Phillip Leslie and Henry Atwood, boyhood friends, meet one day after a separation of many years, and talk over old times. The conversation drifts to their children and Leslie tells Atwood what a fine boy he has and shows him Paul's picture in his watch. Atwood also takes out his watch and shows his daughter, Constance's picture. Leslie is struck with an idea, and suggests to Atwood what a fine thing it would be to arrange a match between the young people. Atwood accedes to the suggestion. Each hurries to his home to break the tidings, and both receive a severe shock when the project is broached to the young people. Constance and Paul both indignantly decline to be parties to the plan, and declare they will solve their own matrimonial problems. Leslie and Atwood both exert their parental authority and simply make matters worse. Next day two sad and chastened old men meet and tell of filial stubbornness and insubordination. In the midst of their depression, Atwood conceives a brilliant ... Written by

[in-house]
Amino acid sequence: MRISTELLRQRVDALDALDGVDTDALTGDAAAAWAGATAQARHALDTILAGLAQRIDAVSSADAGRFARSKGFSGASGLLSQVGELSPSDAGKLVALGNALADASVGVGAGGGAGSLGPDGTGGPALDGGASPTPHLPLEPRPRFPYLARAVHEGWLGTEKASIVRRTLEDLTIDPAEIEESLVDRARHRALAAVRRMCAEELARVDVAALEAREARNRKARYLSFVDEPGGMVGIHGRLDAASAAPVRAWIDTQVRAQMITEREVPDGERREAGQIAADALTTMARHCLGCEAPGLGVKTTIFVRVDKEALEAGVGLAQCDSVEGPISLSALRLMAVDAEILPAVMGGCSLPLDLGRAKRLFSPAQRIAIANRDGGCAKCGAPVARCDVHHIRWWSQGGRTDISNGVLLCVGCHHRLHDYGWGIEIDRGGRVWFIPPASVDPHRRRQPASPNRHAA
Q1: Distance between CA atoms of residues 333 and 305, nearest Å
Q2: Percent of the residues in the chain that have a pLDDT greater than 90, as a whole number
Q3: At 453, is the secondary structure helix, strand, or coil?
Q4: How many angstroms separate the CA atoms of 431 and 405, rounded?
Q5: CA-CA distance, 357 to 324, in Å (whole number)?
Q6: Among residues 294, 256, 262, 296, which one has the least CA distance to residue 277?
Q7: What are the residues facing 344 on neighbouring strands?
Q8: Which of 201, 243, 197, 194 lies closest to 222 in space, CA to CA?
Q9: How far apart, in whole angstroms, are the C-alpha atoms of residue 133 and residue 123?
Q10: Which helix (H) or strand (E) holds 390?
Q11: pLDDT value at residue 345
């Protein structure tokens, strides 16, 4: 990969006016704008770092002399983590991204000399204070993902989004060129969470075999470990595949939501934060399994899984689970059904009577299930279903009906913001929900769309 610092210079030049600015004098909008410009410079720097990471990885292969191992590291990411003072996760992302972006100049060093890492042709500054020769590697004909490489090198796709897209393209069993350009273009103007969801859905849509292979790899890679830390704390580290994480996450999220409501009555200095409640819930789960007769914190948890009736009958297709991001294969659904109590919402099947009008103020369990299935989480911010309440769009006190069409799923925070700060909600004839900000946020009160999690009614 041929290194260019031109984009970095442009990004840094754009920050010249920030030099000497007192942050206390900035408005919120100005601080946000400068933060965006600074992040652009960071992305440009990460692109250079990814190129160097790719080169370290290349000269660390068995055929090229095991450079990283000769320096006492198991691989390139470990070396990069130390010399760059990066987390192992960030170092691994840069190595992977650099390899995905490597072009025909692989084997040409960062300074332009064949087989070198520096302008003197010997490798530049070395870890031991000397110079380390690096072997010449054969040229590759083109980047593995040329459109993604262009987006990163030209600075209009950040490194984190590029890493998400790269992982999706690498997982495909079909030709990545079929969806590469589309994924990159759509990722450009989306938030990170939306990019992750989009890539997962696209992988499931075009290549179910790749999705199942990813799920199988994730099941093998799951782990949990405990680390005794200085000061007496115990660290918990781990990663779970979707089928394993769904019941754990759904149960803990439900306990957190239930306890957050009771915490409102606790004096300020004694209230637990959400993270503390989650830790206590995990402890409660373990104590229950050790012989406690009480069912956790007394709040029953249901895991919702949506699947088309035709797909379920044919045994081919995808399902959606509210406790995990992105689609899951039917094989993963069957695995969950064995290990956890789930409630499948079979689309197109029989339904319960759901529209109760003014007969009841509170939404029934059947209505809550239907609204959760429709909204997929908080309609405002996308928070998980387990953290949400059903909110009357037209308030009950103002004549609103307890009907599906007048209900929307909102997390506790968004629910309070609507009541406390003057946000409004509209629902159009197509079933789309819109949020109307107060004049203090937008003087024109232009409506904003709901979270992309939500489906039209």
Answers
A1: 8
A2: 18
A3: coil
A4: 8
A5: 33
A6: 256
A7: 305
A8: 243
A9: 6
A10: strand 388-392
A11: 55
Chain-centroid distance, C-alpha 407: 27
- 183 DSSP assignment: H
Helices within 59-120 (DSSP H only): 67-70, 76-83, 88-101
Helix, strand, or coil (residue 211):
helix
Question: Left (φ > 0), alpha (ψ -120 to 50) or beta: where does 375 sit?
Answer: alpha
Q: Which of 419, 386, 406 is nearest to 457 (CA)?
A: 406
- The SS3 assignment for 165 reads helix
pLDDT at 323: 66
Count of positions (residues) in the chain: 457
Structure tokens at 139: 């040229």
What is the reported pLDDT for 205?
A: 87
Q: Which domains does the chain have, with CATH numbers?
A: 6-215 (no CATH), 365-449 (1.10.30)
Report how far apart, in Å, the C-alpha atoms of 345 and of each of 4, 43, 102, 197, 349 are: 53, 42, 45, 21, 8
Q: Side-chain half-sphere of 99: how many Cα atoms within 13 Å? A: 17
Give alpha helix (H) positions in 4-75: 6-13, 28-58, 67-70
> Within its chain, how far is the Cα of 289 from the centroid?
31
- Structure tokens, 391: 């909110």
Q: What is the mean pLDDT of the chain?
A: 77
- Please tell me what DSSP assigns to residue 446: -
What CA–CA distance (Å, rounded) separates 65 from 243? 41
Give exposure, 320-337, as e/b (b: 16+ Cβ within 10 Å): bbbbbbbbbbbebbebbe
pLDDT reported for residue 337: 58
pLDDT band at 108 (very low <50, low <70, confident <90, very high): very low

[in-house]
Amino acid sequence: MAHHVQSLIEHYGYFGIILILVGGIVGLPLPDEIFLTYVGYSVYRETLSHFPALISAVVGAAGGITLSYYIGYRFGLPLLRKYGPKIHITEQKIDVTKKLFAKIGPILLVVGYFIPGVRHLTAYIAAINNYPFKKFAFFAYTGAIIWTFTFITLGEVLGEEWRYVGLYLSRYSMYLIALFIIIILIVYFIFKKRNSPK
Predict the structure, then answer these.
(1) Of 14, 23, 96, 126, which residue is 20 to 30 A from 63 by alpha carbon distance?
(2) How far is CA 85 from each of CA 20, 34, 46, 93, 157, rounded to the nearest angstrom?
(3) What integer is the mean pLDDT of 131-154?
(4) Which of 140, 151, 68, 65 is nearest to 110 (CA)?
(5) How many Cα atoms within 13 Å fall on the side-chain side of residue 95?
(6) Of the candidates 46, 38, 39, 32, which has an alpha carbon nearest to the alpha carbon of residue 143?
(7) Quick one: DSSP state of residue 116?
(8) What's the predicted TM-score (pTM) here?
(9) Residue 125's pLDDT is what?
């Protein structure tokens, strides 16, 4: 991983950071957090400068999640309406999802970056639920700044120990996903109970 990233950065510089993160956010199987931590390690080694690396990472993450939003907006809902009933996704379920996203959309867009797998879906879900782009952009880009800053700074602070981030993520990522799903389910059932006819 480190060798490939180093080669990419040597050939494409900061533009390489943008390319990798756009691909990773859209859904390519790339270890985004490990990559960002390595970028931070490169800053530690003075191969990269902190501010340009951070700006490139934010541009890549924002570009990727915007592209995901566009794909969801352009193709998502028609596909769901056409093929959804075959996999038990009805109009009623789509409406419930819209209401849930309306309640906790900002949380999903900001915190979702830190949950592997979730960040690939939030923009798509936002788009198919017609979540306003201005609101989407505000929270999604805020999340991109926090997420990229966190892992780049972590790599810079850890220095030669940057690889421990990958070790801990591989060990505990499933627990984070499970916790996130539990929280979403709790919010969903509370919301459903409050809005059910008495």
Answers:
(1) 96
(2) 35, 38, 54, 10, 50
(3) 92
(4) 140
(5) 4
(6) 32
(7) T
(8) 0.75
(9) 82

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A preserved print of this film survives in the UCLA Film and Television Archives. See more